During the pandemic, there has been a considerable demand for safe options to get into the outdoors while maintaining the social distancing norms. When hotels remained closed, and the conventional form of tourism was brought to a standstill, there was a considerable rise in the demand for RV, campers, and travel trailers. This demand saw camping trailers with the ability to keep inhabitants off-the-grid fly of the shelf in no time. No wonder then, Taxa Outdoors is making all possible commitments to cater to this demand with a significant revamp to its overloading trailers led by the all-new TigerMoth Overland. The new trailers keep with the Taxa Outdoors’ philosophy of delivering adventure vehicles that can safely and efficiently get the outdoorsy off-the-grid and pamper them in substantial luxury. The company has four towable trailers it calls “mobile human habitats” and the updated lineup for 2021 sees three revamped overland editions. These overhauled overland edition trailers – the Mantis, Cricket, and TigerMoth (all overland models) – have the equipment and forte to take habitants to isolated and remote locations.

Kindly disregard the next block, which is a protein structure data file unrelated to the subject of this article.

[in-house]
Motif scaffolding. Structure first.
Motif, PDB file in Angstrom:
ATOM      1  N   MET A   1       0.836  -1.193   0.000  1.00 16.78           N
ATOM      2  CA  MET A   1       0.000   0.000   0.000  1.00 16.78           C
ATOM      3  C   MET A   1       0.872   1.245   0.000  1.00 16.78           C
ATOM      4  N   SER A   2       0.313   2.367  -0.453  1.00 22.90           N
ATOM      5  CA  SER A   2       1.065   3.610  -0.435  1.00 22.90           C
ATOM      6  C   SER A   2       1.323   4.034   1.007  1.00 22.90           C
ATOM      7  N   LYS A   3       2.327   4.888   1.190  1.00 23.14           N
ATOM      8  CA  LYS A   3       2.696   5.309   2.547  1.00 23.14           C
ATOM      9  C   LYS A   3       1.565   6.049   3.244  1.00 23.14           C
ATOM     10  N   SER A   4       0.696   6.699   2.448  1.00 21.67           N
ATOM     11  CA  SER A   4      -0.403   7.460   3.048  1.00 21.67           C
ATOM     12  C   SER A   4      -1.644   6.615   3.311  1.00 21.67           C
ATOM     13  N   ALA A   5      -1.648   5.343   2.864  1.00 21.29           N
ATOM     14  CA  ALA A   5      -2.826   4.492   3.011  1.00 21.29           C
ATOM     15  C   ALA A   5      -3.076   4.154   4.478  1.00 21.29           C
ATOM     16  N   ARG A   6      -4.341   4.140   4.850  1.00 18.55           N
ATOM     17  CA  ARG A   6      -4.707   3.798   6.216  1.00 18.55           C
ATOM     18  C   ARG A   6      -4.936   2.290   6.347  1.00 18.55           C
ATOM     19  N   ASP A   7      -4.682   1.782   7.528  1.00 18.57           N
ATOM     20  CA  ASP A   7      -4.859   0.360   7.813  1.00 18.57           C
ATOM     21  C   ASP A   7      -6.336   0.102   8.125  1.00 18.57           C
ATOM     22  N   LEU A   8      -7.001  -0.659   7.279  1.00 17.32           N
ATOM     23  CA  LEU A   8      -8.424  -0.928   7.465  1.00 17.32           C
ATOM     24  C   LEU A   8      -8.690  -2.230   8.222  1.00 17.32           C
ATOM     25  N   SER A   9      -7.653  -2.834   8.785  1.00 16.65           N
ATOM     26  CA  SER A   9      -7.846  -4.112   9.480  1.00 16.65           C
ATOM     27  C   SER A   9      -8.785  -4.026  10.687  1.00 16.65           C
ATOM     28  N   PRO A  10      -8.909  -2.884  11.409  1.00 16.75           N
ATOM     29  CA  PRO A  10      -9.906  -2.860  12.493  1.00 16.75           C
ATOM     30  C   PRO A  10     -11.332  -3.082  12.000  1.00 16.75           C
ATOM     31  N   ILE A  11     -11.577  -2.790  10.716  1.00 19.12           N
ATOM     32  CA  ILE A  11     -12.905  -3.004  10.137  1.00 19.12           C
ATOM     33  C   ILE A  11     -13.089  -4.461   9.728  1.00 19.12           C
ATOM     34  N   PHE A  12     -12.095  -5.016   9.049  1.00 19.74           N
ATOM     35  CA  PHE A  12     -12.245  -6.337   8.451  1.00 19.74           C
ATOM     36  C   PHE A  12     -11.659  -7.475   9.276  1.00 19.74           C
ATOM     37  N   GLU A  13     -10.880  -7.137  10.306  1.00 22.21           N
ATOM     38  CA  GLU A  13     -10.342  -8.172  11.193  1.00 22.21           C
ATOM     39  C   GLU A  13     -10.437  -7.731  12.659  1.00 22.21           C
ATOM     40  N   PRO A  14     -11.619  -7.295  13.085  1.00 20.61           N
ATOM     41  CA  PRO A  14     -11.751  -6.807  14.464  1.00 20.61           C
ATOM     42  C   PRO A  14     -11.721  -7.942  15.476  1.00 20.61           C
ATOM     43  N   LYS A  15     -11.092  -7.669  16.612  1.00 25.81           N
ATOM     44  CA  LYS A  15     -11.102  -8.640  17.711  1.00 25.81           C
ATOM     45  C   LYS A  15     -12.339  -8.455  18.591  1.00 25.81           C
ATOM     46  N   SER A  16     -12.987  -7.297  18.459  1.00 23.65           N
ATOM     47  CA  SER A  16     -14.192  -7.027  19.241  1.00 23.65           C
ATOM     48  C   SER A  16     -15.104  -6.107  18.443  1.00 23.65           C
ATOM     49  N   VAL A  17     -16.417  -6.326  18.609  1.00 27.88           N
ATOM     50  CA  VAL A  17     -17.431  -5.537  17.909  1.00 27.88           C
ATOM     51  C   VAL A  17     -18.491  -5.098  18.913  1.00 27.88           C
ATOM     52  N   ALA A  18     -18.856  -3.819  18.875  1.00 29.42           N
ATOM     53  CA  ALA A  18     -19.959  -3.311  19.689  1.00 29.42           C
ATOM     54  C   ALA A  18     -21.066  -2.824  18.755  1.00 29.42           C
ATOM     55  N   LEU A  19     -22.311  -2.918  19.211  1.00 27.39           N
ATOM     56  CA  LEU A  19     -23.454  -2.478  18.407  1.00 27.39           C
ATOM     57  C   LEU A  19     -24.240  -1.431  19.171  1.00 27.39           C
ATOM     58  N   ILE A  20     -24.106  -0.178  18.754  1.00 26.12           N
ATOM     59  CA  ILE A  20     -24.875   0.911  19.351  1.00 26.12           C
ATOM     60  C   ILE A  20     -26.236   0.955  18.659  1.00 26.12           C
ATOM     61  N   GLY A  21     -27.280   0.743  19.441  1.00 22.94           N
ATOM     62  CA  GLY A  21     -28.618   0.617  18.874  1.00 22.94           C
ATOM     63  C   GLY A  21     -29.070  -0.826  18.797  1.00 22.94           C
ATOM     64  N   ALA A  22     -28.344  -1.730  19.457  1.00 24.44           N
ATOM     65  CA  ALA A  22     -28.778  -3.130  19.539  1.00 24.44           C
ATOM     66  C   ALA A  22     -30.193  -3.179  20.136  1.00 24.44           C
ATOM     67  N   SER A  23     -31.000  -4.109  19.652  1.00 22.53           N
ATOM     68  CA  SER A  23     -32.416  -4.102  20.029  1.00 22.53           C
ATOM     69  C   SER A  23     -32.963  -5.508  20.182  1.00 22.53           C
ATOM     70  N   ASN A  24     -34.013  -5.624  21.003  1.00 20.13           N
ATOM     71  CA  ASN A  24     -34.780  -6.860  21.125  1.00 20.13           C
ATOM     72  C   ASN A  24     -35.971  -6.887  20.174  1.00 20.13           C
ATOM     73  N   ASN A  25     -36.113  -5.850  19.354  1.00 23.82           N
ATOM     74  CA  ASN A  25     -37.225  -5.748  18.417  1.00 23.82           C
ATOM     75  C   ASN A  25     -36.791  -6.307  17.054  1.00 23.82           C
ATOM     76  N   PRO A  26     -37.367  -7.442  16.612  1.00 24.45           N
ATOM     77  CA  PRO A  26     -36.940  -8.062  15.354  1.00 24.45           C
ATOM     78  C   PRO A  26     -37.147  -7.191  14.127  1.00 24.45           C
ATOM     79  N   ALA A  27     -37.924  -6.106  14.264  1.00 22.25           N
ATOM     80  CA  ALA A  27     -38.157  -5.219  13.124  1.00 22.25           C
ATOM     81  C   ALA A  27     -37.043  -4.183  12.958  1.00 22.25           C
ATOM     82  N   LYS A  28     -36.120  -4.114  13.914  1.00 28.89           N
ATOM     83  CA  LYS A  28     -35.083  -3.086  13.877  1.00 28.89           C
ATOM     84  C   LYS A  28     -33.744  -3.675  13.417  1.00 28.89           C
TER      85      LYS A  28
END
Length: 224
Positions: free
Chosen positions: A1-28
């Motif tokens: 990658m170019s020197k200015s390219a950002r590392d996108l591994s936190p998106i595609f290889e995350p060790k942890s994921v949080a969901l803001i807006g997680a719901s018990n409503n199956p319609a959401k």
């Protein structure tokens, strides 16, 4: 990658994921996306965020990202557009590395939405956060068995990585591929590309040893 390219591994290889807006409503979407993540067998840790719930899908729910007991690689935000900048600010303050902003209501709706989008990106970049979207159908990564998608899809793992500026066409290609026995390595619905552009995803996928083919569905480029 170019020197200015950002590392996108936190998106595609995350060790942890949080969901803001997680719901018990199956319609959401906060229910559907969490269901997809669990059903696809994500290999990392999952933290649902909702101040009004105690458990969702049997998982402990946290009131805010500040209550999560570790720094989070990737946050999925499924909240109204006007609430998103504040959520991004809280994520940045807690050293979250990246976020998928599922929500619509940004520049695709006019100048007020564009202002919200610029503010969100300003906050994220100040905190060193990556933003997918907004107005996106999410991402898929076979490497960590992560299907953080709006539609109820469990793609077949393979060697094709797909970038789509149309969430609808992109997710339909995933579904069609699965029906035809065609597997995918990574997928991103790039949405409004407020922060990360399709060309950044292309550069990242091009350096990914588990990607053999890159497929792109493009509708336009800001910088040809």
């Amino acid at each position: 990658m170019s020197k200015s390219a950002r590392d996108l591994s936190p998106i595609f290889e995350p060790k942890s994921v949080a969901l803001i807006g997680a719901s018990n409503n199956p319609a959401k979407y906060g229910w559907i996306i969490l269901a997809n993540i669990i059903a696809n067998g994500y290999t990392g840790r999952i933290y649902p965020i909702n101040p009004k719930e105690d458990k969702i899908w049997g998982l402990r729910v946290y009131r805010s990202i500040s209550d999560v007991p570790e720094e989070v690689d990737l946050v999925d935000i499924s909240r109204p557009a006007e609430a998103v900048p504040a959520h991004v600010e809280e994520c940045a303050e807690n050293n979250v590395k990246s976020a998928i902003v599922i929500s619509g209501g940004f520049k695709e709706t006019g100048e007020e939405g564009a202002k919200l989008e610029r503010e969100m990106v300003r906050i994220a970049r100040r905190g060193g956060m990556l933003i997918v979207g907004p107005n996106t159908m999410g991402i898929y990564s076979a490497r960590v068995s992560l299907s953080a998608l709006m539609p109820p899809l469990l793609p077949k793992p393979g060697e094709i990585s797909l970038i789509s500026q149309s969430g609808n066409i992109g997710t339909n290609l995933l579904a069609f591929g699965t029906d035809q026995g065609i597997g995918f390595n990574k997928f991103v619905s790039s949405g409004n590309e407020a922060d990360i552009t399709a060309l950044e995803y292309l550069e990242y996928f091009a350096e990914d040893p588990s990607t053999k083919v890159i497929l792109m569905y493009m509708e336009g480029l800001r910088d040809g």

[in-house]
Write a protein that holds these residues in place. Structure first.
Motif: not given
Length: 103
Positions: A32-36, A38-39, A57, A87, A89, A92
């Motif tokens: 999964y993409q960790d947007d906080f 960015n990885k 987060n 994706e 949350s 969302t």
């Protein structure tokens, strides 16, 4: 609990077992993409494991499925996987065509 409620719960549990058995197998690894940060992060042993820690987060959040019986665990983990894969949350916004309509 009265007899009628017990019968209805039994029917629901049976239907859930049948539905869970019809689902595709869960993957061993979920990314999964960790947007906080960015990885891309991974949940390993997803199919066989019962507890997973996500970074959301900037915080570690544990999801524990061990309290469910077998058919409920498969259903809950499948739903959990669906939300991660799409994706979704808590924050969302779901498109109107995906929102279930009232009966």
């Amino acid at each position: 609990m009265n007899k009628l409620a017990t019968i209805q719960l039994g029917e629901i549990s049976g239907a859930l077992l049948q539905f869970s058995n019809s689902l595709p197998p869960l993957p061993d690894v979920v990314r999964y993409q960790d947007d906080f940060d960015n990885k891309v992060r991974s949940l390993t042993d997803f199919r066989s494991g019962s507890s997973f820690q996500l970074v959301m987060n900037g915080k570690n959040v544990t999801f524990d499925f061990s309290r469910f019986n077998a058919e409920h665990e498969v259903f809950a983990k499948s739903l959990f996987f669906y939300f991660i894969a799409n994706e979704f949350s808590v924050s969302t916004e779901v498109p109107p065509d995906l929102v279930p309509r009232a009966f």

For more architectural-inspiring tiny homes design, check out our collection here!